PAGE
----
Sen. Charles Schumer said that an agreement on judicial nominees has been violated because of a GOP filibuster for a recent nominee.
Senate Democrats on Tuesday warned that a GOP-led filibuster of a judicial nominee could threaten future nominees and that the move calls into question a six-year-old bipartisan detente on judicial filibusters.
“I am concerned that today the Senate is backing away from the 2005 agreement that the minority would only block judicial nominees in extraordinary circumstances,” Senate Majority Leader Harry Reid (D-Nev.) said in statement.
On a 54-45 vote, the Senate failed to cut off debate, or invoke cloture, on the judicial nomination of Caitlin Halligan to join the District of Columbia Circuit Court of Appeals, falling short of the 60 votes needed to overcome a filibuster.
“Since Ms. Halligan’s nomination clearly does not meet that standard, Republicans today lowered the bar for filibustering judicial nominees,” Reid continued.
All Democrats voted to cut off debate. Sen. Lisa Murkowksi (Alaska) was the only Republican to vote against the filibuster. Sen. Orrin Hatch (R-Utah) voted present.
Murkowski said Halligan deserved an up-or-down vote.
“I stated during the Bush Administration that judicial nominations deserved an up-or-down vote, except in ‘extraordinary circumstances’ and my position has not changed simply because there is a different President making the nominations,” she said in a statement.
“Let me be clear to my constituents and the President of the United States: This was a cloture vote to proceed to an up-or-down decision. I did not support Ms. Halligan’s candidacy and would never have voted for her confirmation.”
Senate Judiciary ranking member Chuck Grassley (R-Iowa) said he opposed the nomination because of Halligan’s views but also because he doesn’t believe the position is needed.
“It’s not a case of filibustering this judge just because of what her philosophy is,” Grassley said. “That is a good reason for doing it, but whether or not this vacancy ought to be filled” is another matter. The slot that Halligan was nominated for, to replace U.S. Chief Justice John Roberts, has been vacant for years.
“This case was raw partisanship,” a Senate Democratic leadership aide said. “This was a precedent-setting vote that could throw future nominees into chaos.”
Republicans by and large argued that the judge’s positions allow them to invoke the extraordinary circumstances clause under an informal agreement developed by a group 14 Senators, seven from each party, in the spring of 2005 that broke a logjam on judicial nominees.
Prior to the “gang of 14’s” accord, then-Senate Majority Leader Bill Frist (R-Tenn.) was considering a change in Senate rules to eliminate use of the filibuster to prevent judicial confirmation votes. Frist’s maneuver was dubbed the “nuclear option,” or, as he called it, the “constitutional option,” and the group formed to address the issue.
Nine of the original members remain in the Senate. Under the accord, the members of the group would not vote with their party on filibustering judicial nominees, except in the case of extraordinary circumstances as defined by each individual Senator.
The Senate has for the most part continued to adhere to the agreement. Only two judges have been filibustered since 2005: Goodwin Liu and Halligan.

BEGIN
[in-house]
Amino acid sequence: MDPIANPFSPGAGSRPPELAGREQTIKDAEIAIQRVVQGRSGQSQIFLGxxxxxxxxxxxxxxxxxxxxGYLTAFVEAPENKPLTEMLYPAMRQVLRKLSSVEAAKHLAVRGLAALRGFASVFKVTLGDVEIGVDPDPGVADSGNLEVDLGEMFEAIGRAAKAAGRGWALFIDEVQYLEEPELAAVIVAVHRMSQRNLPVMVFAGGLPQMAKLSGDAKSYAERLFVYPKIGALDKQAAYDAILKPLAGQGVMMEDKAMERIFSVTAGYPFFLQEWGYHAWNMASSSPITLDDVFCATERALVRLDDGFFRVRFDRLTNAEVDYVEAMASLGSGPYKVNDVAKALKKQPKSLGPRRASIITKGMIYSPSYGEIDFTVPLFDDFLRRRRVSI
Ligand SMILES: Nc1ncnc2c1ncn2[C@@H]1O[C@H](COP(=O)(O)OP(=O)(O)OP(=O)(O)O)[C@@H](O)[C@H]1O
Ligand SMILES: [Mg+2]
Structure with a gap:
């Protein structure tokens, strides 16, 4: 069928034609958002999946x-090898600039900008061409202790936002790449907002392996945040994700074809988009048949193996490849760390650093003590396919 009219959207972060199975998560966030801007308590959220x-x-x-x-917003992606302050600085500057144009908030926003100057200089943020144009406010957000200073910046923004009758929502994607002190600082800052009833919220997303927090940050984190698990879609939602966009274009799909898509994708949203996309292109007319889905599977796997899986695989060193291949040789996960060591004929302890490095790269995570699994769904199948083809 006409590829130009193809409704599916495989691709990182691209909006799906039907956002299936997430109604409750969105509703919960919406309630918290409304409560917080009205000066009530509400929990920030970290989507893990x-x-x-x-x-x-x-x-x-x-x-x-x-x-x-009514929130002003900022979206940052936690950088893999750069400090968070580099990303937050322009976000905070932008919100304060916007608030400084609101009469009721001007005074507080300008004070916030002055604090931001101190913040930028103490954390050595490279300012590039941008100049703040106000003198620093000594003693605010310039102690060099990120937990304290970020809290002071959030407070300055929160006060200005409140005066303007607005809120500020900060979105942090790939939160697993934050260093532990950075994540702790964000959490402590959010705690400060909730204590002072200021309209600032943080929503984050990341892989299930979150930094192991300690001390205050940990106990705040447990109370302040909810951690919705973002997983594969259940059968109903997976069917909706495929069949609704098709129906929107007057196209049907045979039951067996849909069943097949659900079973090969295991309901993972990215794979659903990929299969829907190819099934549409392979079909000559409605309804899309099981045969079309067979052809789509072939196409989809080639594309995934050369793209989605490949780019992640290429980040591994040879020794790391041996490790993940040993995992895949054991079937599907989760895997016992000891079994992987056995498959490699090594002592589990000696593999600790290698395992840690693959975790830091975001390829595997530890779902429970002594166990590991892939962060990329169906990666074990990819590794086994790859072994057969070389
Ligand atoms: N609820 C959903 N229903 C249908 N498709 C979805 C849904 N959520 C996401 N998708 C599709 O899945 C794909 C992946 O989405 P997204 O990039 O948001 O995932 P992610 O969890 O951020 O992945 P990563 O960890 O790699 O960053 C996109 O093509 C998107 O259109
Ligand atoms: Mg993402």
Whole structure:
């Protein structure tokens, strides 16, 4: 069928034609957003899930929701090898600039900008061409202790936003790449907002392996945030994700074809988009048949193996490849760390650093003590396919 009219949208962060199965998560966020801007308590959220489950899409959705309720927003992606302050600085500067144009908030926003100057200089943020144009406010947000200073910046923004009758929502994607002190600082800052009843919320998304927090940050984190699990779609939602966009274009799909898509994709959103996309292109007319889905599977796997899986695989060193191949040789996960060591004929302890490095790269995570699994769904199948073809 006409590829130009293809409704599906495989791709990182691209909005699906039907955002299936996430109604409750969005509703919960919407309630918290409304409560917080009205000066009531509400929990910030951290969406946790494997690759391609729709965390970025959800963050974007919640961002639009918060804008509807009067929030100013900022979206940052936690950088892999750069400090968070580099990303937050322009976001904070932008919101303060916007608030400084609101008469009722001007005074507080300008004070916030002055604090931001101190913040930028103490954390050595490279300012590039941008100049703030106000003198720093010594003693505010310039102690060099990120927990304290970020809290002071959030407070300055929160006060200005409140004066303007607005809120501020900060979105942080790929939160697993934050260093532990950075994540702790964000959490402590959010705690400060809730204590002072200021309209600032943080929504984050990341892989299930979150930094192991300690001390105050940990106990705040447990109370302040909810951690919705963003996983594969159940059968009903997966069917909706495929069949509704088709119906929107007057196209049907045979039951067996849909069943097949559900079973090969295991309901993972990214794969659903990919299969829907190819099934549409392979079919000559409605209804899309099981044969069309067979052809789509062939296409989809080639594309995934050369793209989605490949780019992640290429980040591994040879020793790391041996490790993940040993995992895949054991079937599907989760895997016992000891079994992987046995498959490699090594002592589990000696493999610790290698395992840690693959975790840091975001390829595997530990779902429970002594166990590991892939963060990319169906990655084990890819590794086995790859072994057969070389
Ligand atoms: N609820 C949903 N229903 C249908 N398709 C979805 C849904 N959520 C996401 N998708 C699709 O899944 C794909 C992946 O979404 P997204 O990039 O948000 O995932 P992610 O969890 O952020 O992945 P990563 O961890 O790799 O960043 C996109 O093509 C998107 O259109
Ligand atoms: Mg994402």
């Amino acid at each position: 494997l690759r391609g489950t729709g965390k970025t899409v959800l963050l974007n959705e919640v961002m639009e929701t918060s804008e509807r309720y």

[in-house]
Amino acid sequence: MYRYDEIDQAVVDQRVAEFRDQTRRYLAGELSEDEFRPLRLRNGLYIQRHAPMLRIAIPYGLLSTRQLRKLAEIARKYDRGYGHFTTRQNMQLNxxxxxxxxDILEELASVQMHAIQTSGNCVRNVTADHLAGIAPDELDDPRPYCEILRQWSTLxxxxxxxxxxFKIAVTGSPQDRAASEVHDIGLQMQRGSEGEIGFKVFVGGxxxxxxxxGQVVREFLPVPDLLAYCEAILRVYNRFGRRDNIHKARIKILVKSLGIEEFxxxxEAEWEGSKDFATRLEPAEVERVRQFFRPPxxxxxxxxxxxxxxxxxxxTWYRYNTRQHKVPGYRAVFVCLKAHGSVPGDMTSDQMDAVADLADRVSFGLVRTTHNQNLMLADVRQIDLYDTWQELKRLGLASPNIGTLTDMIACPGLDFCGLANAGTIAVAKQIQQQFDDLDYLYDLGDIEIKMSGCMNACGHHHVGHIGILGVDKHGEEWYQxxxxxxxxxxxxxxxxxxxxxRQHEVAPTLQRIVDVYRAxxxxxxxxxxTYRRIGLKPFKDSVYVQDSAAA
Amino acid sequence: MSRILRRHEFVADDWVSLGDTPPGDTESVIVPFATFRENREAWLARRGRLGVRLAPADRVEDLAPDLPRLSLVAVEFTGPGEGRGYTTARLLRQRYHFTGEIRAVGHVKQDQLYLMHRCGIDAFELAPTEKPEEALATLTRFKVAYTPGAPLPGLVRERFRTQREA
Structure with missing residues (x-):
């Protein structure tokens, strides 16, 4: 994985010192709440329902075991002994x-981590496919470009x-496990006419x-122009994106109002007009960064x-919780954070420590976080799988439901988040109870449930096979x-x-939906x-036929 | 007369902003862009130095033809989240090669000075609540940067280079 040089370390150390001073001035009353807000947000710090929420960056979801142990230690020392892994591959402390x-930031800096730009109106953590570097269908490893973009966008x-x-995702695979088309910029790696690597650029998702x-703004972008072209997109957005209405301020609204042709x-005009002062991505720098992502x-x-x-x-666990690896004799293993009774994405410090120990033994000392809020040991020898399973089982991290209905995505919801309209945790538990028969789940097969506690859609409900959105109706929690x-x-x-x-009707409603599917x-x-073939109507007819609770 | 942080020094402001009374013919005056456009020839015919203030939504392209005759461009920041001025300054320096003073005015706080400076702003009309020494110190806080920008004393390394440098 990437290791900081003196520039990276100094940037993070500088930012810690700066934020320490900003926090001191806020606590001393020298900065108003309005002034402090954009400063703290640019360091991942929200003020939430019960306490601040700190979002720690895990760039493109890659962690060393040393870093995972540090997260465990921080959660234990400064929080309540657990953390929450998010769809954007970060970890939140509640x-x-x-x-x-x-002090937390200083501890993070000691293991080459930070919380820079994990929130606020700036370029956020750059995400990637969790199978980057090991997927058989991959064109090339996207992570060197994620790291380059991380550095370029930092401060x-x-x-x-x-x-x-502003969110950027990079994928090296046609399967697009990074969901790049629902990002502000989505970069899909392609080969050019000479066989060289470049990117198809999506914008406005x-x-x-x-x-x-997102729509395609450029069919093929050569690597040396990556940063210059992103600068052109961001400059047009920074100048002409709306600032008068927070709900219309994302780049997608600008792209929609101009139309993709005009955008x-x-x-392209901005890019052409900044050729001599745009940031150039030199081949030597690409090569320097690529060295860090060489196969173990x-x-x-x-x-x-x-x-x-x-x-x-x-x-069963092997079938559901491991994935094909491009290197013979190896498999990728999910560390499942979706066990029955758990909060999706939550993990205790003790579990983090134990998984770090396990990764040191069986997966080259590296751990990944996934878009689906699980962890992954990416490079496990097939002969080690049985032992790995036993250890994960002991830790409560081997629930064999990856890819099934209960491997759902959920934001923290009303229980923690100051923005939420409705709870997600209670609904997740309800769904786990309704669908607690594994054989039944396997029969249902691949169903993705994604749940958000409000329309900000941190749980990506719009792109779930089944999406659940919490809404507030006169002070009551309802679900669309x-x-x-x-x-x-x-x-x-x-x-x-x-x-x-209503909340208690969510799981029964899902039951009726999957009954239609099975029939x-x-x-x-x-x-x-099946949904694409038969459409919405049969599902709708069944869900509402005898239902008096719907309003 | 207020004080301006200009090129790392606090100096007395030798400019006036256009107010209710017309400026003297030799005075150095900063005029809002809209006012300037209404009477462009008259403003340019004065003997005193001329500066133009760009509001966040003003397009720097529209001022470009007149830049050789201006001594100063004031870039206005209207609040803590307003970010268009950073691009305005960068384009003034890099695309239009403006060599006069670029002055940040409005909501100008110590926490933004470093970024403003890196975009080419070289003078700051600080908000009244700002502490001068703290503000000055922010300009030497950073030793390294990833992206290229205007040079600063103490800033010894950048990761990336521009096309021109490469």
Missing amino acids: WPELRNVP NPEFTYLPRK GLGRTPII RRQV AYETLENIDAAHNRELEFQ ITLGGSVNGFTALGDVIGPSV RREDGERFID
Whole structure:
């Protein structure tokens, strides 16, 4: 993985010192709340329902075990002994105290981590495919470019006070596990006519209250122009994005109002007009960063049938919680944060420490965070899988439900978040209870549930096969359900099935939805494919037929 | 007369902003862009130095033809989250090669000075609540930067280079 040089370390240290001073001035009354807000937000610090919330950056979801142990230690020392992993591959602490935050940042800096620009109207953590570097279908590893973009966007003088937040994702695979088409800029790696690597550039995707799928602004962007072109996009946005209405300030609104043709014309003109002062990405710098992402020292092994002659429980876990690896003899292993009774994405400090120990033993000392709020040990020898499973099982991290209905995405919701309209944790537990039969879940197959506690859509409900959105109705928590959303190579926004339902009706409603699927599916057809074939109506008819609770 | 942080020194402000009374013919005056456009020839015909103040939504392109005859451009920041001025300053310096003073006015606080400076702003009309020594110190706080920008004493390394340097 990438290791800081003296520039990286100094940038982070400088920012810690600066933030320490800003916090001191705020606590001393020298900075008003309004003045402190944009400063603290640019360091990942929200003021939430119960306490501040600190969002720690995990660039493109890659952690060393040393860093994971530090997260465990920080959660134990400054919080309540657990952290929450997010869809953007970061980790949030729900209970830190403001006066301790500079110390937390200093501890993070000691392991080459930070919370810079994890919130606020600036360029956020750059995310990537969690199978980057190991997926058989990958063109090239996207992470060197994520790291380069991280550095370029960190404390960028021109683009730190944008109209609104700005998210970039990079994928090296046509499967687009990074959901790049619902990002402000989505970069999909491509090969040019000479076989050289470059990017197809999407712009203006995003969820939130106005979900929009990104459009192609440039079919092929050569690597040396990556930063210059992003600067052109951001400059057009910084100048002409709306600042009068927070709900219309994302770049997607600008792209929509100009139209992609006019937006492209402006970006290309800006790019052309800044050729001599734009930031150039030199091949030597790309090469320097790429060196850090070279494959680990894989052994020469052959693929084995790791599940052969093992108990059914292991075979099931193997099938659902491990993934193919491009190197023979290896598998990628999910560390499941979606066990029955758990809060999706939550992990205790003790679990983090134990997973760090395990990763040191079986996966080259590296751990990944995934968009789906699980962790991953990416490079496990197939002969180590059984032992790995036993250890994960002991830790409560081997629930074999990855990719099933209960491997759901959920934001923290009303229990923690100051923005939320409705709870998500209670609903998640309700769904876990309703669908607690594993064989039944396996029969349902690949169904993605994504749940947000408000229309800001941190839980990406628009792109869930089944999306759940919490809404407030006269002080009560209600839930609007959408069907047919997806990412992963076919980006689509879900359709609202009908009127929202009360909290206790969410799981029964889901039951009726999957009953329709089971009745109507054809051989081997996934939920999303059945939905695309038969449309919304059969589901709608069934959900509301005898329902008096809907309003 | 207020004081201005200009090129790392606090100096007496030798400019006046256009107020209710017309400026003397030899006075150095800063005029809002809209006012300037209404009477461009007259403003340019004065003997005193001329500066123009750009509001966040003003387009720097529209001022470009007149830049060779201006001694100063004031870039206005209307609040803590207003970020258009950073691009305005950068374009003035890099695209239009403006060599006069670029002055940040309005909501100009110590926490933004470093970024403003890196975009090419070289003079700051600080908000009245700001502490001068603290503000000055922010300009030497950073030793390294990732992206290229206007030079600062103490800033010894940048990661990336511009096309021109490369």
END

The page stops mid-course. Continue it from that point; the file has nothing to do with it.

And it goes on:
“I consider this an extraordinary case,” Senate GOP Conference Chairman Lamar Alexander (Tenn.) said.
Sen. Charles Schumer (N.Y.), who runs the Senate Democrats’ policy and communications operations, took to the Senate floor to declare that the vote violated the agreement. Halligan is from New York, and Schumer was leading the effort to get her nomination through the Senate.
“The approach taken by Senate Republicans will have lasting consequences beyond this one nomination. It seems to me that a vote against this nominee could well be a vote to declare the gang of 14 agreement null and void,” Schumer said.
Senate Republican leadership aides charged that Schumer does not have credibility on the issue, saying he led the charge on judicial filibusters when his party was in the minority in 2003 and 2005.
Doug Kendall, president of the Constitutional Accountability Center, also said this was a watershed moment.
“Let me be clear: Senate Republicans blocked a supremely qualified nominee today,” Kendall said in a release. “Halligan is a lawyer’s lawyer. She clerked for the D.C. Circuit and the U.S. Supreme Court, she has a long and distinguished record of service in New York, and she has support across party lines — including from former George W. Bush nominee Miguel Estrada. She is an exemplary nominee, supported by a majority of Senators. She was first nominated in 2010, and she should have been sitting on the D.C. Circuit by now.”
Republicans disagreed and argued that the agreement is still in effect.
“We said that in extreme circumstances,” a filibuster could be made, said gang of 14 member Sen. John McCain (R-Ariz.).: “She clearly fits in that category.”
Sen. Roger Wicker (R-Miss.) said, “Ms. Halligan’s publicly stated positions on the Second Amendment, terrorism, and other legal questions are troubling. Ms. Halligan’s views reflect someone who believes in vast judicial powers to shape and rewrite the law, which is a threat to our tradition of American law.”
Also working against Halligan was Heritage Action for America, which “key voted” her nomination, arguing that her position on gun rights was unpalatable.
Vice President Joe Biden waits to conduct a mock swearing-in ceremony with Sen. Brian Schatz, D-Hawaii, in the Capitol's Old Senate Chamber, December 2, 2014. Schatz was sworn in to serve the remainder of his term since he was appointed to the seat after Sen. Daniel Inouye, D-Hawaii, passed away.